The year 2019 has brought many changes to tax regulations. One of the most important ones from an economic point of view is the introduction into the Personal Income Tax Act of the so-called solidarity levy, or an additional tax for the wealthiest. Funds from the solidarity levy are to be allocated to the Solidarity Support Fund for the Disabled.
Although called a “levy”, we can say that the new burden is in fact a new income tax rate.
Solidarity levy, or new tax for the wealthiest
From 2019, the highest earners should expect an additional charge of 4% on net income exceeding PLN 1 million per year. In simplified terms, this means that a tax of PLN 40 thousand will be levied on each PLN 1 million of a taxpayer’s income in excess of that.
The solidarity levy will exist alongside the current taxation rules. This means that starting from 2019 individuals with an income exceeding PLN 1 million and taxed according to the tax scale will have an additional, third tax rate at the level of 36%.
The new tax will also apply to people taxed at the flat rate of 19%. For those people, exceeding the PLN 1 million income threshold will entail a gradual increase in the effective tax rate, which will be as follows:
- 21% for an income of PLN 2 million,
- 67% for an income of PLN 3 million,
- 22% for an income of PLN 4 million,
- 20% for an income of PLN 5 million,
- 60% for an income of PLN 10 million, etc.
What is subject to the solidarity levy?
The solidarity levy applies to individuals’ incomes from:
- an employment relationship (i.e. one based on an employment contract);
- a mandate agreement (including a managerial contract);
- a controlled foreign company (CFC);
- disposal of shares for a consideration;
- sale of cryptocurrencies;
- a business (taxed both according to the scale and at the flat rate) carried on:
– on the basis of an entry in the Central Registration and Information on Business (including from a share in the profits of a private partnership);
– through a partnership (registered, limited liability, limited).
The new tax burden will not apply, among others, to income from:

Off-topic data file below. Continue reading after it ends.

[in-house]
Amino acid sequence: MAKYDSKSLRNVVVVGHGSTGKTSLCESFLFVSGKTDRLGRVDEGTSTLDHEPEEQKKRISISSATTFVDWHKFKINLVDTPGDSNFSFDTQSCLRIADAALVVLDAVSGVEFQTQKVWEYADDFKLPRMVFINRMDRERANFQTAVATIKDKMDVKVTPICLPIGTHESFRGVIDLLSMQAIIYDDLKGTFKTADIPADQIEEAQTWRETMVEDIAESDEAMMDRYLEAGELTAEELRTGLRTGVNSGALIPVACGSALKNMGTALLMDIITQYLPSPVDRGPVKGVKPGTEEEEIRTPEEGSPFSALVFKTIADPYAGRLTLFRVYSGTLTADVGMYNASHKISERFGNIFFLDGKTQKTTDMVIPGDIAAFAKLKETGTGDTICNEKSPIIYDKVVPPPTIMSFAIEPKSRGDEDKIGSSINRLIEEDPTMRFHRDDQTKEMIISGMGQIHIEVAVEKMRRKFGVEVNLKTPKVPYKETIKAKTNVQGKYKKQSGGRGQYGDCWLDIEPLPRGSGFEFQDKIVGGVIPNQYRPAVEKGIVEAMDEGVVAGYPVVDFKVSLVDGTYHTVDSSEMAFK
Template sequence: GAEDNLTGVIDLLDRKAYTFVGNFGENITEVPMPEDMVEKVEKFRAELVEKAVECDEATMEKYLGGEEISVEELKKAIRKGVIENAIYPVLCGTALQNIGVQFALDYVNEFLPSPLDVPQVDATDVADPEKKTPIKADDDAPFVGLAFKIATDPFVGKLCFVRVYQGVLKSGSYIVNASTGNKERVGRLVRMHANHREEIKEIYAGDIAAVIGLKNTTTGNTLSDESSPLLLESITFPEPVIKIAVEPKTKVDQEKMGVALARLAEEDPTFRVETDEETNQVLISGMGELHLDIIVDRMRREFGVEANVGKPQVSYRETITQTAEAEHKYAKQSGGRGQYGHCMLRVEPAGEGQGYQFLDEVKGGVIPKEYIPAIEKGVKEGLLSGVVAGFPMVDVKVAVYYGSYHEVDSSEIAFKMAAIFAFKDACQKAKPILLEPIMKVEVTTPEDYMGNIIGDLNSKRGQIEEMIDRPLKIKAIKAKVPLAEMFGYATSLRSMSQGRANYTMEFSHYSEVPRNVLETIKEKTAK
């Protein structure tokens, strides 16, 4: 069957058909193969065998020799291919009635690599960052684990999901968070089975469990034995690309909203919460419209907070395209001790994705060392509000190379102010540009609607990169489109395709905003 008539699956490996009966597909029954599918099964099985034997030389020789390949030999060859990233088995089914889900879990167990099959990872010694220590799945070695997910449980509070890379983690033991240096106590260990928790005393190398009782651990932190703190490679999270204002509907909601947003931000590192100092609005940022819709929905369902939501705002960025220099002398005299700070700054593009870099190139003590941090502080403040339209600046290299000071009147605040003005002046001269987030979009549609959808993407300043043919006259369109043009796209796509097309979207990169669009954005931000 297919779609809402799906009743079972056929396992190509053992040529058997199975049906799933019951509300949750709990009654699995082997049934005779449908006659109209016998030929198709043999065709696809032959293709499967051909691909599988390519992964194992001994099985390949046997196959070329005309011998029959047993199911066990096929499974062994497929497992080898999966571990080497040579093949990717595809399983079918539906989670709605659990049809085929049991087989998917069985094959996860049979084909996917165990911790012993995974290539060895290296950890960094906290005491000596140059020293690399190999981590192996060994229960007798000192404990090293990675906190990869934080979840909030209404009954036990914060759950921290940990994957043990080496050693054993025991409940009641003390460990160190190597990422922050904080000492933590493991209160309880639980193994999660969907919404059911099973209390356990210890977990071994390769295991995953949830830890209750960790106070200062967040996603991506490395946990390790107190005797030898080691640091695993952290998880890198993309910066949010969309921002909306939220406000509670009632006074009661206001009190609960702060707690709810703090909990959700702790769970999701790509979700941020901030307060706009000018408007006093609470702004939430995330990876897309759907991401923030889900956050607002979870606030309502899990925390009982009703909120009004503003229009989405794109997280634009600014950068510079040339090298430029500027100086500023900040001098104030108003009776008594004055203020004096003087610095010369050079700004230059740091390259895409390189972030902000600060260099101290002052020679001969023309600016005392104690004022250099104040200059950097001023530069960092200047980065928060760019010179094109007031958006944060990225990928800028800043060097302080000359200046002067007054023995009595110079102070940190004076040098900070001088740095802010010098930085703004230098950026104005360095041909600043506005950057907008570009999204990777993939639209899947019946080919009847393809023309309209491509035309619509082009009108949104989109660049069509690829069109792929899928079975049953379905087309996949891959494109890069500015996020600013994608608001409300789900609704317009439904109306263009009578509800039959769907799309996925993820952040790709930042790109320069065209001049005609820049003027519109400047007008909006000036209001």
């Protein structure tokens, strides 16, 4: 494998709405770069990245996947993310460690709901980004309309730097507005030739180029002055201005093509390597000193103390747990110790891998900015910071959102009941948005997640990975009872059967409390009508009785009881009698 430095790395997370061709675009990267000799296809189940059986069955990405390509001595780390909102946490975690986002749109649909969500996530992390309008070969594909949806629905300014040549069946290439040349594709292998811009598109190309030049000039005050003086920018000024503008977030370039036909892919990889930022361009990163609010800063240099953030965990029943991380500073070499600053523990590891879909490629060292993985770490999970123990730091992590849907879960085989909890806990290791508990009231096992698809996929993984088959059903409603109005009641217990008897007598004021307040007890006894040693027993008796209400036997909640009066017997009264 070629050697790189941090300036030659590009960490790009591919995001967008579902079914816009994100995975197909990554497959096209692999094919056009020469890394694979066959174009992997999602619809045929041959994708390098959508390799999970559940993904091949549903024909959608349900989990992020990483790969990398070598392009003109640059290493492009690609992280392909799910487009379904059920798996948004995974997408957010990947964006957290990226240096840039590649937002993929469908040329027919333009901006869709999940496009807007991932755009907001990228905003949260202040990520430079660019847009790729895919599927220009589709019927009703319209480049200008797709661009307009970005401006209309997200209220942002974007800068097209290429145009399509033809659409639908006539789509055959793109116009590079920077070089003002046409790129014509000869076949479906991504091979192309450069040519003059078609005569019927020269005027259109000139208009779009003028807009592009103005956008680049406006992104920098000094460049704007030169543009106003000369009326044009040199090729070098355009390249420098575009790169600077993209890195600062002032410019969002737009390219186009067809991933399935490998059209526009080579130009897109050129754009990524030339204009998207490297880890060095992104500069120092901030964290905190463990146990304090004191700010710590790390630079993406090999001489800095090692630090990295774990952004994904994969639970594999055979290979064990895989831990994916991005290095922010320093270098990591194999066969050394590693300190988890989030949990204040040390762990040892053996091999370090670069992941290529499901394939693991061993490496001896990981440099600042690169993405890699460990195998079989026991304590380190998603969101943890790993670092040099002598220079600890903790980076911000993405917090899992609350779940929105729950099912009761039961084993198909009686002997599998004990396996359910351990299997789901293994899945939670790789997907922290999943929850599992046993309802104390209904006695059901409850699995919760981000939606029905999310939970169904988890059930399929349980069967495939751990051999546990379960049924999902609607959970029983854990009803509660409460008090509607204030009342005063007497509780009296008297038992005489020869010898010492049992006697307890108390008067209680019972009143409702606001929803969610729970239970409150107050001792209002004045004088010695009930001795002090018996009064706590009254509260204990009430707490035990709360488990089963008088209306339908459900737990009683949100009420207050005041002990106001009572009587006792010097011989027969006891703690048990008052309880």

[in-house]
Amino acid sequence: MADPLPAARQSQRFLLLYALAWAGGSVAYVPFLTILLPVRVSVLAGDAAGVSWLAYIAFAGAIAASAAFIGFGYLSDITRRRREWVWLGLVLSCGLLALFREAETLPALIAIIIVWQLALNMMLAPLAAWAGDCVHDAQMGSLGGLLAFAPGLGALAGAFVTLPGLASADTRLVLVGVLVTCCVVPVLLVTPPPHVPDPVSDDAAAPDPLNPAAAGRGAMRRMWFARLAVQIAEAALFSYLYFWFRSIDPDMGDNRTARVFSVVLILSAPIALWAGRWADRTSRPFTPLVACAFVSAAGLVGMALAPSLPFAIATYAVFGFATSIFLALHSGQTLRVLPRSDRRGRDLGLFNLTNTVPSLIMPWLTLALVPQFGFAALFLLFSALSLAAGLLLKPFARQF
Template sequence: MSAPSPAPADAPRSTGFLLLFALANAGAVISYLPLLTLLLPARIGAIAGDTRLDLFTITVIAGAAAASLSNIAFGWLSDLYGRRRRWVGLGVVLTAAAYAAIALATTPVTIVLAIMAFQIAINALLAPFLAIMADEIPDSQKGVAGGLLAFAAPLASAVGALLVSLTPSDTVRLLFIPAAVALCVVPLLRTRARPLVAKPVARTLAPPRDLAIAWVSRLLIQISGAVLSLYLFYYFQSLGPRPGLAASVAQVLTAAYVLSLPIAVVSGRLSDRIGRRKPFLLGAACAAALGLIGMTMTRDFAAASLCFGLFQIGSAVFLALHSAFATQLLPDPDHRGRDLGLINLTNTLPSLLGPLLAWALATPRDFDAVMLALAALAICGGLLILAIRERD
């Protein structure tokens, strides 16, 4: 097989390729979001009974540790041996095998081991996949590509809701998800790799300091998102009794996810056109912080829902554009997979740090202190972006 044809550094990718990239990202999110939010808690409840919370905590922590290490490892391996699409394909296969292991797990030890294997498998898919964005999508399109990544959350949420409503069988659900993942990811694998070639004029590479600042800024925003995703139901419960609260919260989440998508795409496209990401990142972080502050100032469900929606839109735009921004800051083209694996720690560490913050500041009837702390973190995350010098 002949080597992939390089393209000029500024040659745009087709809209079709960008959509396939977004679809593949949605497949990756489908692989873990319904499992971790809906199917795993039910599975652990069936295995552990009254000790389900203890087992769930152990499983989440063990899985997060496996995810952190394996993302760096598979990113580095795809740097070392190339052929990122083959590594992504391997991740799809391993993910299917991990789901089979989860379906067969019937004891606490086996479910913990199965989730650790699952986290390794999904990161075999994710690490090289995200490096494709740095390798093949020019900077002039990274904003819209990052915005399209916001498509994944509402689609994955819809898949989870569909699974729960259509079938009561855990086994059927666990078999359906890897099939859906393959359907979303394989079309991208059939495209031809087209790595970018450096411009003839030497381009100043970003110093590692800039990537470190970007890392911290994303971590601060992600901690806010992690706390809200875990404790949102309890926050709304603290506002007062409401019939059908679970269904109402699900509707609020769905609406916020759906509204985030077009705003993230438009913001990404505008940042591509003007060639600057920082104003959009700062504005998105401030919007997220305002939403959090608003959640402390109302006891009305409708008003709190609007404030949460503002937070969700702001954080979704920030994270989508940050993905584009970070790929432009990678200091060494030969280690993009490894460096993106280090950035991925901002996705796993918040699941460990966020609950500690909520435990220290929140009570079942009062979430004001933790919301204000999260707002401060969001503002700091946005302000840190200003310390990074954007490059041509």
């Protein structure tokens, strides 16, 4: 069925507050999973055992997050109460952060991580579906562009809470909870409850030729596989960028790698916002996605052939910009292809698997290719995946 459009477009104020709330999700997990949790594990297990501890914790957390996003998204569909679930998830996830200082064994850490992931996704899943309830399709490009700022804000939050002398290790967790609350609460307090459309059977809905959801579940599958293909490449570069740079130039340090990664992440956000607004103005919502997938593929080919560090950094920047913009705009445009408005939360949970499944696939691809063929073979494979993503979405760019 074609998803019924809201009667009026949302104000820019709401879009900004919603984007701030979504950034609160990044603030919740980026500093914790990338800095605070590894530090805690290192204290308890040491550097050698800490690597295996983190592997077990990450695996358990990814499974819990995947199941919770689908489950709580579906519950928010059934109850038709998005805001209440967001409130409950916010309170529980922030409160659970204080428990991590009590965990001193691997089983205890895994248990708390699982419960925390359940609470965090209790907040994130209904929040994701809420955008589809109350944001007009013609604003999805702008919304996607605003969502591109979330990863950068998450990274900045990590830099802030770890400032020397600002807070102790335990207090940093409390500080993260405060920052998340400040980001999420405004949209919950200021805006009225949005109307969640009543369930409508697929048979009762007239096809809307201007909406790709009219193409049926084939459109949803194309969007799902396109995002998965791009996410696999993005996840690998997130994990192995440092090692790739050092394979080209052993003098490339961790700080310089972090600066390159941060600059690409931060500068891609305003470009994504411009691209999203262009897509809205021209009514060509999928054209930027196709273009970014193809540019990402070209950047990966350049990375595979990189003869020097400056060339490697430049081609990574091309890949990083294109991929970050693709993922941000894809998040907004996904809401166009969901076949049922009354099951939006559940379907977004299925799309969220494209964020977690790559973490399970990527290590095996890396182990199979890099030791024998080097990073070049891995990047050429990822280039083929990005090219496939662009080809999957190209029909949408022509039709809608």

- loan interest (outside business activity);
- interest and discount on securities;
- disposal of real property (provided that it takes place outside business activity).
The new taxation rules will probably most affect entrepreneurs running a one-man business (also as part of a private partnership) or carrying on business using partnerships. On the other hand, the additional tax will not be paid by people earning income from business conducted through companies (a limited liability or joint-stock company), in respect of dividends. Therefore, it cannot be ruled out that the new tax will contribute to the intention to change the structure or status of the business to avoid additional charges. This can also be encouraged by the recently introduced 9% CIT rate for small taxpayers, among other things.
More on CIT rates in 2019 can be found here.
Solidarity levy: payment rules
Taxpayers obliged to pay the solidarity levy will be required to do that by 30 April of the following year, i.e. as they file their annual PIT return. Due to the fact that the solidarity levy applies to income earned from 1 January 2019, the obligation to file a solidarity levy return and pay this new tax must be fulfilled for the first time by 30 April 2020. The solidarity levy is not subject to the obligation to make advance tax payments during the year. This means that anyone whose income exceeds PLN 1,000,000 has to calculate their solidarity levy, file a return and pay the tax on their own.
How to calculate a solidarity levy?
To calculate the new tax, income reported in particular tax returns must be taken into account. This means that to determine whether we are obliged to pay a solidarity levy and calculate its amount, we should:
- sum up incomes from relevant tax returns;
- deduct tax expenses, social insurance contributions and other relevant deductions;
- determine the amount in excess of PLN 1 million;
- calculate 4% of the amount so determined.
New tax – new doubts
To dispel taxpayers’ doubts about the rules of applying and understanding the new regulations, the Ministry of Finance decided to publish an explanation of the solidarity levy, to be found here (in Polish only; please note that it is a draft!). However, taking into consideration the rules for calculating the solidarity levy, it cannot be ruled out that, despite the explanation published, some taxpayers may still have doubts about the tax calculation method.
If you have a question related to the solidarity levy – feel free to reach me at firstname.lastname@example.org .